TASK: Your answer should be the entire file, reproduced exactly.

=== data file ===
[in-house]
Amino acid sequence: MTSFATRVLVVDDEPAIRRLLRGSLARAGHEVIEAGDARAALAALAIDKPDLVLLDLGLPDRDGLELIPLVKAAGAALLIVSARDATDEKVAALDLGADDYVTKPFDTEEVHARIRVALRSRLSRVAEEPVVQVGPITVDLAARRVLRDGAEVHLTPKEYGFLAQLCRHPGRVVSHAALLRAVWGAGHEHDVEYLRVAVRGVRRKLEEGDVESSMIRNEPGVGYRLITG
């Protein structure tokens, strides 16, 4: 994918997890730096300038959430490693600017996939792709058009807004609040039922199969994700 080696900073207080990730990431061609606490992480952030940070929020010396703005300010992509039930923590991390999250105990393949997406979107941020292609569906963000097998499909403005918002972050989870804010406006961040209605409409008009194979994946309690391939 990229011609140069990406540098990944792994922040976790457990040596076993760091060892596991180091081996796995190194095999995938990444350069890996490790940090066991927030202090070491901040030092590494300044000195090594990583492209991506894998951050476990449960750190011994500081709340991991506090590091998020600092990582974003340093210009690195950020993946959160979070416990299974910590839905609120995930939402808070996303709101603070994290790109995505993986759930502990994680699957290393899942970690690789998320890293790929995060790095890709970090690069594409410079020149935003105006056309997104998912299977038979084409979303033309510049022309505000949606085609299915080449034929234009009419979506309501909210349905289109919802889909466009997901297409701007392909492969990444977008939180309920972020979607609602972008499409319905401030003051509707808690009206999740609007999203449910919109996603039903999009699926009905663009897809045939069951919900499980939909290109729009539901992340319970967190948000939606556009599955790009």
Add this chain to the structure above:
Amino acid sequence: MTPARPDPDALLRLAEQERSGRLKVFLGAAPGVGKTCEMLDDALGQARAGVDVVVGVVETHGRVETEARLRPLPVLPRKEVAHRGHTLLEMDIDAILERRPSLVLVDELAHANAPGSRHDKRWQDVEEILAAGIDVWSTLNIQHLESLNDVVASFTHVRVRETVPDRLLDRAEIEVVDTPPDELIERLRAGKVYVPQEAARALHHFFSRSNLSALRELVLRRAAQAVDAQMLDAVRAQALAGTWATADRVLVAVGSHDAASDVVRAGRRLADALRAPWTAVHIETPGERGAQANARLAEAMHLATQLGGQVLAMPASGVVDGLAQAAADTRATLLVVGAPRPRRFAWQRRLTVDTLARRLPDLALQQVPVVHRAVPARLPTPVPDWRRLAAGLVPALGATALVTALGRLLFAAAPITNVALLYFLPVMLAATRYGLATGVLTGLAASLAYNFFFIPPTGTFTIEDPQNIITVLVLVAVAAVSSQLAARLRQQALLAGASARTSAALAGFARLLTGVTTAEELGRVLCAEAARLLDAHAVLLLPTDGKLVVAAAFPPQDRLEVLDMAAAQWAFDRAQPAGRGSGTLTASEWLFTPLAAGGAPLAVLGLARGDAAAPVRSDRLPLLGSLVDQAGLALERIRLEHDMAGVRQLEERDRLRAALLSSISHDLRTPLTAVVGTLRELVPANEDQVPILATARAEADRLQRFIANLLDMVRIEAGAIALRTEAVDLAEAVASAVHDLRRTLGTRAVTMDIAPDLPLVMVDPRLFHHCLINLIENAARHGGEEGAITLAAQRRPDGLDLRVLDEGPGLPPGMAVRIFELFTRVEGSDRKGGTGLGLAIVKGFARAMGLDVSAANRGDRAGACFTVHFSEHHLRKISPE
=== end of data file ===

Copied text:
[in-house]
Amino acid sequence: MTSFATRVLVVDDEPAIRRLLRGSLARAGHEVIEAGDARAALAALAIDKPDLVLLDLGLPDRDGLELIPLVKAAGAALLIVSARDATDEKVAALDLGADDYVTKPFDTEEVHARIRVALRSRLSRVAEEPVVQVGPITVDLAARRVLRDGAEVHLTPKEYGFLAQLCRHPGRVVSHAALLRAVWGAGHEHDVEYLRVAVRGVRRKLEEGDVESSMIRNEPGVGYRLITG
């Protein structure tokens, strides 16, 4: 994918997890730096300038959430490693600017996939792709058009807004609040039922199969994700 080696900073207080990730990431061609606490992480952030940070929020010396703005300010992509039930923590991390999250105990393949997406979107941020292609569906963000097998499909403005918002972050989870804010406006961040209605409409008009194979994946309690391939 990229011609140069990406540098990944792994922040976790457990040596076993760091060892596991180091081996796995190194095999995938990444350069890996490790940090066991927030202090070491901040030092590494300044000195090594990583492209991506894998951050476990449960750190011994500081709340991991506090590091998020600092990582974003340093210009690195950020993946959160979070416990299974910590839905609120995930939402808070996303709101603070994290790109995505993986759930502990994680699957290393899942970690690789998320890293790929995060790095890709970090690069594409410079020149935003105006056309997104998912299977038979084409979303033309510049022309505000949606085609299915080449034929234009009419979506309501909210349905289109919802889909466009997901297409701007392909492969990444977008939180309920972020979607609602972008499409319905401030003051509707808690009206999740609007999203449910919109996603039903999009699926009905663009897809045939069951919900499980939909290109729009539901992340319970967190948000939606556009599955790009």
Add this chain to the structure above:
Amino acid sequence: MTPARPDPDALLRLAEQERSGRLKVFLGAAPGVGKTCEMLDDALGQARAGVDVVVGVVETHGRVETEARLRPLPVLPRKEVAHRGHTLLEMDIDAILERRPSLVLVDELAHANAPGSRHDKRWQDVEEILAAGIDVWSTLNIQHLESLNDVVASFTHVRVRETVPDRLLDRAEIEVVDTPPDELIERLRAGKVYVPQEAARALHHFFSRSNLSALRELVLRRAAQAVDAQMLDAVRAQALAGTWATADRVLVAVGSHDAASDVVRAGRRLADALRAPWTAVHIETPGERGAQANARLAEAMHLATQLGGQVLAMPASGVVDGLAQAAADTRATLLVVGAPRPRRFAWQRRLTVDTLARRLPDLALQQVPVVHRAVPARLPTPVPDWRRLAAGLVPALGATALVTALGRLLFAAAPITNVALLYFLPVMLAATRYGLATGVLTGLAASLAYNFFFIPPTGTFTIEDPQNIITVLVLVAVAAVSSQLAARLRQQALLAGASARTSAALAGFARLLTGVTTAEELGRVLCAEAARLLDAHAVLLLPTDGKLVVAAAFPPQDRLEVLDMAAAQWAFDRAQPAGRGSGTLTASEWLFTPLAAGGAPLAVLGLARGDAAAPVRSDRLPLLGSLVDQAGLALERIRLEHDMAGVRQLEERDRLRAALLSSISHDLRTPLTAVVGTLRELVPANEDQVPILATARAEADRLQRFIANLLDMVRIEAGAIALRTEAVDLAEAVASAVHDLRRTLGTRAVTMDIAPDLPLVMVDPRLFHHCLINLIENAARHGGEEGAITLAAQRRPDGLDLRVLDEGPGLPPGMAVRIFELFTRVEGSDRKGGTGLGLAIVKGFARAMGLDVSAANRGDRAGACFTVHFSEHHLRKISPE